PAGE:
Apple officially leaves the wireless router business and sells its remaining inventory of AirPort products. These include AirPort Express, AirPort Extreme, and both AirPort Time Capsule models. Apple shared the news in a statement 9to5Mac :
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We are closing the Apple AirPort Base Station products. They will be available through Apple.com, Apple's retail stores, and Apple Authorized Resellers while supplies last.
While news for fans of Apple's routers is disappointing, the end of the AirPort line is also no surprise.
reported in November 2016 that Apple had dissolved the team responsible for developing Apple's routers, and in January 9to5Mac reported for the first time that Apple stores were selling mesh Wi-Fi. Linksys third-party Fi routers began. 19659006] At the time, Apple told us that its AirPort line would remain – with the Mesh Wi-Fi routers adding a solution to larger homes:
People love our AirPort products and we continue to sell them. Connectivity is important in the home and we give customers another option that works well for larger homes.
So why set the AirPort line today and not sooner? This is unclear, but Apple's formal announcement confirms what has already been widely accepted: The AirPort line is dead.
Original AirPort UFO-style router with additional AirPort cards for Mac
Apple and third party vendors sell the AirPort Express, AirPort Extreme, and AirPort Time Capsule devices only while supplies last.
Even with Apple, there is no price decline, although other dealers decide to stamp the discontinued hardware. Apple sells AirPort Express for $ 99, AirPort Extreme for $ 199, 2TB AirPort Time Capsule for $ 299, and 3TB AirPort Time Capsule for $ 399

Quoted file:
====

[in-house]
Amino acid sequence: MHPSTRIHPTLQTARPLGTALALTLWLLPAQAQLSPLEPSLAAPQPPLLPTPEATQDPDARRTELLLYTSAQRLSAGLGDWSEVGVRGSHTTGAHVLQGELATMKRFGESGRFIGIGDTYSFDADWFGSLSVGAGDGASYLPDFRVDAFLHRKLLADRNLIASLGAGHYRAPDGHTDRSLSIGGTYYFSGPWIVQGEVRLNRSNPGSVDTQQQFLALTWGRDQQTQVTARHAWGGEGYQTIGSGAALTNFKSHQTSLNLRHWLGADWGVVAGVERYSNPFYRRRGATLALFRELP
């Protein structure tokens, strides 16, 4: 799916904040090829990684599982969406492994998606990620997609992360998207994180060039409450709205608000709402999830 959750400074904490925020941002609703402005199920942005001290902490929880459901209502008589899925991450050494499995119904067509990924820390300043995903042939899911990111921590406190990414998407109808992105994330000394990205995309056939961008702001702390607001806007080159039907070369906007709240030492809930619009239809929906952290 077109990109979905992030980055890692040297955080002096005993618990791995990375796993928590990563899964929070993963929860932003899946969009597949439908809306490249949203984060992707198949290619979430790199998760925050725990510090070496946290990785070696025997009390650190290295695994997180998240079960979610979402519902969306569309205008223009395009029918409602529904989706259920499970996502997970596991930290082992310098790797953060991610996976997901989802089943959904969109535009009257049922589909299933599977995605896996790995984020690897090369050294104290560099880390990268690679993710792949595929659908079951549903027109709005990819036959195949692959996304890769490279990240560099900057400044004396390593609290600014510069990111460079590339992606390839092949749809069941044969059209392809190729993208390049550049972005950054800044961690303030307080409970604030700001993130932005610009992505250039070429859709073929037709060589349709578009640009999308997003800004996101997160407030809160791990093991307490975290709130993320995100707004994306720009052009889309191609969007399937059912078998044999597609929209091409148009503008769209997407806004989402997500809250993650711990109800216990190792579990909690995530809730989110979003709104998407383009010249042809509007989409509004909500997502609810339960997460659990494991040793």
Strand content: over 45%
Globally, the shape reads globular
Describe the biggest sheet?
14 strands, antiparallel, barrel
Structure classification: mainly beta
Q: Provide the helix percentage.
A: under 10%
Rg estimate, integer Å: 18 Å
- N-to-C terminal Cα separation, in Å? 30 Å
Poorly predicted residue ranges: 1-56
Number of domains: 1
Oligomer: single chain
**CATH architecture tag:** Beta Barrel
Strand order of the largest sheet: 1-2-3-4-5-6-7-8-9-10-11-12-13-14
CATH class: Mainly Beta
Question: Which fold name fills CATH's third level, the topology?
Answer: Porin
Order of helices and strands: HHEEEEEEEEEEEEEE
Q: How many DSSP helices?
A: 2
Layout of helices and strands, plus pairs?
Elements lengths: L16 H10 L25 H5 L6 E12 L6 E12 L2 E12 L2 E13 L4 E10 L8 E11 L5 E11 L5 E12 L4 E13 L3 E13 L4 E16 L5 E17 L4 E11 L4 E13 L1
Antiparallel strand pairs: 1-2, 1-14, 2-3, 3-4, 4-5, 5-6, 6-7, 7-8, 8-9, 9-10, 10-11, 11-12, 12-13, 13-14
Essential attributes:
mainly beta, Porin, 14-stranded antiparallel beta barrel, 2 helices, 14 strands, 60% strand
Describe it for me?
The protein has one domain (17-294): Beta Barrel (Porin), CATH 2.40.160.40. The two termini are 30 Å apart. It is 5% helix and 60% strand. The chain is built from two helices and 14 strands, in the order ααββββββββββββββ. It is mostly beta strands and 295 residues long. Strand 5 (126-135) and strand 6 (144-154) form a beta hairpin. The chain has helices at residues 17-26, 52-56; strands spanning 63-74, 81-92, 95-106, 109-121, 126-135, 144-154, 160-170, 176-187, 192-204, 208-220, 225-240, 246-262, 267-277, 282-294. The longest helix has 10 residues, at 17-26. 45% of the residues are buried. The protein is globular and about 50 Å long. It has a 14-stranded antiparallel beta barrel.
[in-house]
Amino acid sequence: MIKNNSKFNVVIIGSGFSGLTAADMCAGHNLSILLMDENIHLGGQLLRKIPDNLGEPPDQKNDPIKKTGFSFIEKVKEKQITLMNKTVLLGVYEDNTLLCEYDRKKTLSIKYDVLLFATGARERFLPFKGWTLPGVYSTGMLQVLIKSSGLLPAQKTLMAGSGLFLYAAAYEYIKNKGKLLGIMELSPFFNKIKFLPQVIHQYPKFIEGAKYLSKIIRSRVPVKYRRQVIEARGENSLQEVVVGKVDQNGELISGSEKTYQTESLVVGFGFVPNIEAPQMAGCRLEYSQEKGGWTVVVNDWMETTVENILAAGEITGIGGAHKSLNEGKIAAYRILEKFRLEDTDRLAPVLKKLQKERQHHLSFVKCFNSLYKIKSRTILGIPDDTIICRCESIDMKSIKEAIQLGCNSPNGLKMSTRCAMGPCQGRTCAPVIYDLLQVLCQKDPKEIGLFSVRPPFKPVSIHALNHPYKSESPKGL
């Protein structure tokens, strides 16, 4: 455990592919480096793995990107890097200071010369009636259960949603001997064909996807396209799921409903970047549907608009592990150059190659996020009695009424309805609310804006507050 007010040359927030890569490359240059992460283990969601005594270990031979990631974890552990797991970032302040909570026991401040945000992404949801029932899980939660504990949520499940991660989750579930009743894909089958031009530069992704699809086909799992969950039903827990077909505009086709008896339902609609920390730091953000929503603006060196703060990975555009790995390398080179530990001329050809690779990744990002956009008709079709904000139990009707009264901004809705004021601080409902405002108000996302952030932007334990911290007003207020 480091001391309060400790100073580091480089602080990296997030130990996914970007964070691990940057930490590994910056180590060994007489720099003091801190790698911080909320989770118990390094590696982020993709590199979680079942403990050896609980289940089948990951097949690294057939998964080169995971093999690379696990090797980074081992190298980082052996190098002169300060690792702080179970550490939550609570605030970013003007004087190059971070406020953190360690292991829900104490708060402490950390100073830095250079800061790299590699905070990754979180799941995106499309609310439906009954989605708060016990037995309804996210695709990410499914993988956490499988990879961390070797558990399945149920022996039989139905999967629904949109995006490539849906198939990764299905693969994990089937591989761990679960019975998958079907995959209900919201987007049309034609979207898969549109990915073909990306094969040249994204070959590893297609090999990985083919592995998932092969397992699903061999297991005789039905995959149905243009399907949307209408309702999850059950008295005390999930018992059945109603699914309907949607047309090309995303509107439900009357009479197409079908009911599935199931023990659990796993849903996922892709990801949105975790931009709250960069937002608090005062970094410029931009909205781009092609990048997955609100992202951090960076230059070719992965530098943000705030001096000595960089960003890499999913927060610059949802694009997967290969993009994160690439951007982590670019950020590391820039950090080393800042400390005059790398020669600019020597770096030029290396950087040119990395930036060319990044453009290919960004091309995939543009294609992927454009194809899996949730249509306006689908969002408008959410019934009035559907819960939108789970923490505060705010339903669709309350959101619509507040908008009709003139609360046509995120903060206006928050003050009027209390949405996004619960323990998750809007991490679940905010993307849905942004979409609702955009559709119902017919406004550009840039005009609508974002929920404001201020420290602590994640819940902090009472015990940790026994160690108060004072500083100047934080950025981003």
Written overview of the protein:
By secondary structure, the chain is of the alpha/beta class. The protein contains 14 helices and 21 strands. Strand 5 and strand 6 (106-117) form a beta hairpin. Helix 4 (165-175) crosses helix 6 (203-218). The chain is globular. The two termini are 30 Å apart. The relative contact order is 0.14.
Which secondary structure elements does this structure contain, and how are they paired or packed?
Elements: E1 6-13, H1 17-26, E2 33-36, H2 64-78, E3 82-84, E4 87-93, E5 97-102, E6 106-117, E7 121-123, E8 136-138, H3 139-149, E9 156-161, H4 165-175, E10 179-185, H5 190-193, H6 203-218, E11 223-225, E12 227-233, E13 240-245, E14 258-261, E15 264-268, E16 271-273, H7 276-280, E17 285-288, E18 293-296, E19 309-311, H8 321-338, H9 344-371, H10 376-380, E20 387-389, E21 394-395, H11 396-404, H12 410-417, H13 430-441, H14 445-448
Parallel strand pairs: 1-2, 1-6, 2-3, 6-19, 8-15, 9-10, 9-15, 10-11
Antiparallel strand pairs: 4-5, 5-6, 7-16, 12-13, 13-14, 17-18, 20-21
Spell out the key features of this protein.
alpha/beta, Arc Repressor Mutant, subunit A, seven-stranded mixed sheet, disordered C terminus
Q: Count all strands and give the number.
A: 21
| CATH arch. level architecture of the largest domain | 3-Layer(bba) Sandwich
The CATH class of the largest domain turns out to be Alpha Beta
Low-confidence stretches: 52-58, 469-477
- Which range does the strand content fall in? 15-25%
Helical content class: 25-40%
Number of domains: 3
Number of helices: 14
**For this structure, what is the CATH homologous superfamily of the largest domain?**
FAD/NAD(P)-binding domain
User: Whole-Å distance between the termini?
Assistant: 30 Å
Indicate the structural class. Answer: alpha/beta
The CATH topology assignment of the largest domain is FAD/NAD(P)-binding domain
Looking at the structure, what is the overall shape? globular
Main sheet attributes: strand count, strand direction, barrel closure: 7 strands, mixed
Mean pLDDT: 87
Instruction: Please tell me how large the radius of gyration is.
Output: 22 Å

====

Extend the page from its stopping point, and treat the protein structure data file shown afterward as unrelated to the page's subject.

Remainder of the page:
Revisions are not coming. Apple could enter the market again and again if it decides that it can have a significant impact, but for the moment, Apple is allowing the market to use ISP-supplied routers and other third-party solutions.
Premium price and lack of hardware revisions in recent years, Apple's AirPort products offer some unique and superior features over competing routers.
The Apple AirPort Utility App (which needs to be updated for iPhone X and larger iPads) and iOS wireless settings have been made to make managing AirPort routers easier and simpler than most third-party routers using clunky apps. With AirPort Express, you can turn any stereo into an AirPlay line-in speaker, and USB printers can be shared across the network and used on Macs.
AirPort Time Capsule includes a 2TB or 3TB drive to automatically back up your Mac over Wi – With Time Machine and AirPort Extreme, you can easily connect a USB hard drive to the network.
AirPrint printers have since replaced the need for networking USB printers with AirPort Express, and they add support for iOS printing.
Apple now offers its own AirPlay speaker with HomePod, and AirPlay 2 will bring even more options to the market, including Apple TV-connected speakers, new Sonos speakers, upcoming Beats speakers and more
Also, an existing market for peer-to-peer AirPlay speakers, but the reliability of AirPlay 1 with third-party speakers is mixed at best.